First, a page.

I recommend the juicy plate of steamy clams in a broth with canelini beans and spinach or mussels when on the menu and the fat-streaking lamb belly for ketogenic dieters. Living in the desert area, a rabbit on the menu is a sustainable choice. There are way too many bunnies running around Southern California, and if the coyotes cannot keep their numbers in check, then chefs should. KISMET cues to “go big” with the whole rabbit for two. The “feast” includes a flaky bread, seasonal greens, house pickles and the unique Eastern-Med twist of tahini and labneh. No need for extra sides, still, the indulgent jeweled rice is too good to miss.
KISMET does lunch (until 5pm) and weekend brunches too. A twist on granola, toasts with Bub and Grandmother’s superb bread, egg shakshuka, and “honestly, the best scone”, the recipe of which changes daily. Curious as a former Londoner, I got a perfectly crumbly blackberry scone with an orange zest labneh, to go. A few minutes later thumbing it up with joyous mouthfuls.
For a breakfast-y feast order the “Turkish-ish” have-it-all assortment of mezzes for a pre-hike fuel or as a shared adventure. Lettuce, herbs, Persian cucumbers with house labneh, tip-top marinated olives, spicy Israeli zhoug to dip in the corners of the springy barberi bread, a soft-boiled egg in spicy olive oil, delicate crumbled feta with sweet grapefruit over roasted marinated tomatoes, spinach and cheese dip and dried dates round it sweetly up. It was not too heavy for American standard, so the two of us added a luxurious, sesame crust sourdough, toasted and soaked in moist labneh, all piled up with tenderstem broccoli, spices and fresh mint leaves. It was less messy than it looks as the sharp knife cut through easily.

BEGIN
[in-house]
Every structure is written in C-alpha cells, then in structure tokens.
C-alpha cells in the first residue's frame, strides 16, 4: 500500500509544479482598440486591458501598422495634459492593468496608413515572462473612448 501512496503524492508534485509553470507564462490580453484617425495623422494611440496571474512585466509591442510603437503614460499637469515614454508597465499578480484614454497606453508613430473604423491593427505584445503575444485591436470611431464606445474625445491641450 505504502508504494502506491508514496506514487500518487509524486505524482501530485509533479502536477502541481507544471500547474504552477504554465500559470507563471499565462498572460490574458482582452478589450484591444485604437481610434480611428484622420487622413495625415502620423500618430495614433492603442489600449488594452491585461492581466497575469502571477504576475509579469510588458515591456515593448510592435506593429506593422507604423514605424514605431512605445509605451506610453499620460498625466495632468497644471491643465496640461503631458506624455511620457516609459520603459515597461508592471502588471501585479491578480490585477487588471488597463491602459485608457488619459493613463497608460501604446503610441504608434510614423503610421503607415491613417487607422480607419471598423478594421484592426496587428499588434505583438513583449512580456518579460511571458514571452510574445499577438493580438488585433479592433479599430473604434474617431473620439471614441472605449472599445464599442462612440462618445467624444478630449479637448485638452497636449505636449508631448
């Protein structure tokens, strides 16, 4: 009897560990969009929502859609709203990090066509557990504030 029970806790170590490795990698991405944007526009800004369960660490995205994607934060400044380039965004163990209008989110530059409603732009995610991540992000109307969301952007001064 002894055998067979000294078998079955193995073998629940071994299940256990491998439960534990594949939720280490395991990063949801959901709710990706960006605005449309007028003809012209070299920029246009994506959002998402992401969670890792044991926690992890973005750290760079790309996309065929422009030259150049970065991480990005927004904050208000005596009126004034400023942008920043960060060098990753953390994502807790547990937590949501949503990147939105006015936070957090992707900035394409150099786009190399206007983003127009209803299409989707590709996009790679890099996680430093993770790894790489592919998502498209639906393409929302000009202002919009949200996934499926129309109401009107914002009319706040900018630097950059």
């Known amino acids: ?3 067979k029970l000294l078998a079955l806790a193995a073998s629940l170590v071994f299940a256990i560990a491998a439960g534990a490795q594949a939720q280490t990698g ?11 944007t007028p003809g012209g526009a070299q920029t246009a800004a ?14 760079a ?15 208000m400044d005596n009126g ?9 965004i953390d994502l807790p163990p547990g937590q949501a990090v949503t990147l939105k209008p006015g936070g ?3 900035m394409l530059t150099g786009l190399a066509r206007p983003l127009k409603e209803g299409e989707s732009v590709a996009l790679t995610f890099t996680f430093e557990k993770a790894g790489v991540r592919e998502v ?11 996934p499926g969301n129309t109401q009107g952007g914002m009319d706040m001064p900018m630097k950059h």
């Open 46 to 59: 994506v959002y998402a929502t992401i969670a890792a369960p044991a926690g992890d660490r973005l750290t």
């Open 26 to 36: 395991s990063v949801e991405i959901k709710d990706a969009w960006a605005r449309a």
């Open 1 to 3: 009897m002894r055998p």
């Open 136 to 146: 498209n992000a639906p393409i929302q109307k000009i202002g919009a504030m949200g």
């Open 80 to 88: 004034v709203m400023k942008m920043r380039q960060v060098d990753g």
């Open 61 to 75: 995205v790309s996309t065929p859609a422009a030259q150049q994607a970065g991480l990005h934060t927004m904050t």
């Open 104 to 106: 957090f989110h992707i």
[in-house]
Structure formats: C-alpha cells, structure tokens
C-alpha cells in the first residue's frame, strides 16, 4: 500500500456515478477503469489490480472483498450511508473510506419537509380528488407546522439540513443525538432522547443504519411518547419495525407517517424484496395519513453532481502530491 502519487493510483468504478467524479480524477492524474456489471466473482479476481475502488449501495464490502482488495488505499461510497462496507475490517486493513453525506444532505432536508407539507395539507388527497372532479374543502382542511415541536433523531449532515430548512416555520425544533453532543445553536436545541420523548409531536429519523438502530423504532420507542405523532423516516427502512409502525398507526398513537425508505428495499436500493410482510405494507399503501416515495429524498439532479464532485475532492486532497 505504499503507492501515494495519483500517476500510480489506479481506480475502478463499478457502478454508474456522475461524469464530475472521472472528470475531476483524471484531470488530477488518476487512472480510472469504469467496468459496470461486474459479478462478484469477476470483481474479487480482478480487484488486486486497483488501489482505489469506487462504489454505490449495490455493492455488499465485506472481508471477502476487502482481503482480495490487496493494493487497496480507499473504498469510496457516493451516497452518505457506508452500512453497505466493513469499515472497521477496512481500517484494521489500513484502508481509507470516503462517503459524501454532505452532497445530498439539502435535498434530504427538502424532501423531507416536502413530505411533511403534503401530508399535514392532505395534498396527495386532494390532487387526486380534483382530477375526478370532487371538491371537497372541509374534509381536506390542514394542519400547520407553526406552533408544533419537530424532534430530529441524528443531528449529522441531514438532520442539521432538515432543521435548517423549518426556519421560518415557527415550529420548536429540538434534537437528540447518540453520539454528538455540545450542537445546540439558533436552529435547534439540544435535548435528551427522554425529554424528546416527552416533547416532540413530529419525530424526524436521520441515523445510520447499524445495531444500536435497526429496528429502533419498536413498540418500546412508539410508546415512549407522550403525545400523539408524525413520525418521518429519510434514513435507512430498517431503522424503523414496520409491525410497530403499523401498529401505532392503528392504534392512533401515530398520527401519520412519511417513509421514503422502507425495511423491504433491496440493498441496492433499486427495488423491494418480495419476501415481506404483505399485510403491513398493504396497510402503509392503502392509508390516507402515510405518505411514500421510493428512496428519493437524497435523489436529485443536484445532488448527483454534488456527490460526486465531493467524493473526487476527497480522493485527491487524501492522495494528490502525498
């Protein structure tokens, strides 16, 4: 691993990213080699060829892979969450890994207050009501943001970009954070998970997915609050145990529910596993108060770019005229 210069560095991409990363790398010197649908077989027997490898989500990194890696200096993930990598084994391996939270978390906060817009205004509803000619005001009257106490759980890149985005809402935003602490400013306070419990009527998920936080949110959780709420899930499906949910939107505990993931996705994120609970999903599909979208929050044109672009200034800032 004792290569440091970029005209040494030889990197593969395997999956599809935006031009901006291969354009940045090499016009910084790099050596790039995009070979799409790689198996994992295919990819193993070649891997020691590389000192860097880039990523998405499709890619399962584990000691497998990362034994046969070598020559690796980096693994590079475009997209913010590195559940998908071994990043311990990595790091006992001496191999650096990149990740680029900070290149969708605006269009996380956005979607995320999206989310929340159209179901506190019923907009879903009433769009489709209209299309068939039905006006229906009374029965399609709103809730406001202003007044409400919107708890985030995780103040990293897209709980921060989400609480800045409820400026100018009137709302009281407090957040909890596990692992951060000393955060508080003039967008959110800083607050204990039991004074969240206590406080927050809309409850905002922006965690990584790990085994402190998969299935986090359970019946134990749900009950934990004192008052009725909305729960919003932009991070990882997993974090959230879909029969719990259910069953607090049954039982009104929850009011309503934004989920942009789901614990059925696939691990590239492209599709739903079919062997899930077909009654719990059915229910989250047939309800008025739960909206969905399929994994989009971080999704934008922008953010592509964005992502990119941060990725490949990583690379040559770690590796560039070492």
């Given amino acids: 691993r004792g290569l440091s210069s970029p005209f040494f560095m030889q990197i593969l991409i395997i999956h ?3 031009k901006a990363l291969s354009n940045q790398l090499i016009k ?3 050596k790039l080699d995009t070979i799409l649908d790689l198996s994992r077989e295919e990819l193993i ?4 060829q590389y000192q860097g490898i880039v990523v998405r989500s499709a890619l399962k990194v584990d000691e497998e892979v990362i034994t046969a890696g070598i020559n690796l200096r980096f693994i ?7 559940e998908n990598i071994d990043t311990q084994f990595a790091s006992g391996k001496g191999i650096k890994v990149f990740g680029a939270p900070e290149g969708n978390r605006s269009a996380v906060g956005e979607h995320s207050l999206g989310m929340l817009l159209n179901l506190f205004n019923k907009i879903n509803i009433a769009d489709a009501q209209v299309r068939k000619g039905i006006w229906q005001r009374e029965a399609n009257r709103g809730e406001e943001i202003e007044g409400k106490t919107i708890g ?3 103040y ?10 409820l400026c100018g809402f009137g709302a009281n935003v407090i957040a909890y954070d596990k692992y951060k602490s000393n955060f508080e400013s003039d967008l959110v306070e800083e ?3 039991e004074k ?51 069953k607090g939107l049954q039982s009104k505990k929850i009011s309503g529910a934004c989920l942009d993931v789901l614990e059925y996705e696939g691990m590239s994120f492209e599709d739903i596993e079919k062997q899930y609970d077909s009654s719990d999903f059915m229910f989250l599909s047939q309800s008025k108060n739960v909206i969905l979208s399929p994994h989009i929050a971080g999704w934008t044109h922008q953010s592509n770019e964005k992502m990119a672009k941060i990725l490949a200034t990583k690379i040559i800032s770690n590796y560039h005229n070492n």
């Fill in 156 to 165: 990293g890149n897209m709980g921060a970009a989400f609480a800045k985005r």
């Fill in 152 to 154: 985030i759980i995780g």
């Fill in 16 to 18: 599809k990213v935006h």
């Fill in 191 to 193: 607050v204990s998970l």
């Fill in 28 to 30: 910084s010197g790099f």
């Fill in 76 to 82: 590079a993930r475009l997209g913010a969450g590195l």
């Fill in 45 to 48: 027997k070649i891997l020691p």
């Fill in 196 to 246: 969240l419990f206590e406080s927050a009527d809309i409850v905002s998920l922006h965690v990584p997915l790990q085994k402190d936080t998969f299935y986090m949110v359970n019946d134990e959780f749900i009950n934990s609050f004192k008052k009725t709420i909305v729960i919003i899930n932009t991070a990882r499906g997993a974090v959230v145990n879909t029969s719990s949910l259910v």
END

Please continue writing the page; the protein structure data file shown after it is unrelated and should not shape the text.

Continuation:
An evening dim invites candle lights in ushering in a cosy meal.
The qualitative consistency of the food at KISMET is impressive. The trio of desserts recently included a Bay leaf custard. The perfect balance between unique, not too sugary (salted caramel), light (rhubarb) dessert spiced with a dash of black pepper. Almond eyed cookies are served with tea or coffee after the meal.
The beverages focus on natural wines that the passionate team loves. These low-intervention wines, with a minimum added sulphur, oak, chemical vineyard treatments address authentic winemakers. From the concise (one page), laser-focused list. We ordered a glass of dry Hungarian Furmint from Tokaj, some off-the-beaten path American loves, while a bottle of the Austrian Gut Oggau one evening, and a Macon from Southern Burgundy another as a better value than its grand cru Northern cousins.
Natural wine workdays (noon-6pm) highlight three changing wines by the glass $10 each or a half glass of all three for $15 to taste more for less. North American apple wine is included for a local quirky twist. I had my taste in Charleston once (anything from blueberry through cherry wine), but I prefer grapes.
For nonalcoholic sips, tap water is free, aromatic rosewater lemonade (can be blended into a spritz) and a tulsi (sweet basil) tisane from San Francisco’s superb Song Tea get a non-caffeine hydration. Sugar-free iced and hot teas from New York’s organic Tay Tea and coffee by Parlor, a Brooklyn hip roaster boost you up. The Turkish style coffee served on the rocks was popular at lunch.
If you do not live nearby, then make the drive worth either by coming on weekends when the traffic is more lose or before a show at the Greek Theatre or the Hollywood Bowl. These concert venues are minutes drive from KISMET and this is how how we make our LA stay more enjoyable. Uber helps when wine is involved.
Weekdays: 11am-10pm Weekends: 10am-10pm
+1 323 409 0404
4648 Hollywood Blvd, Los Angeles, CA 90027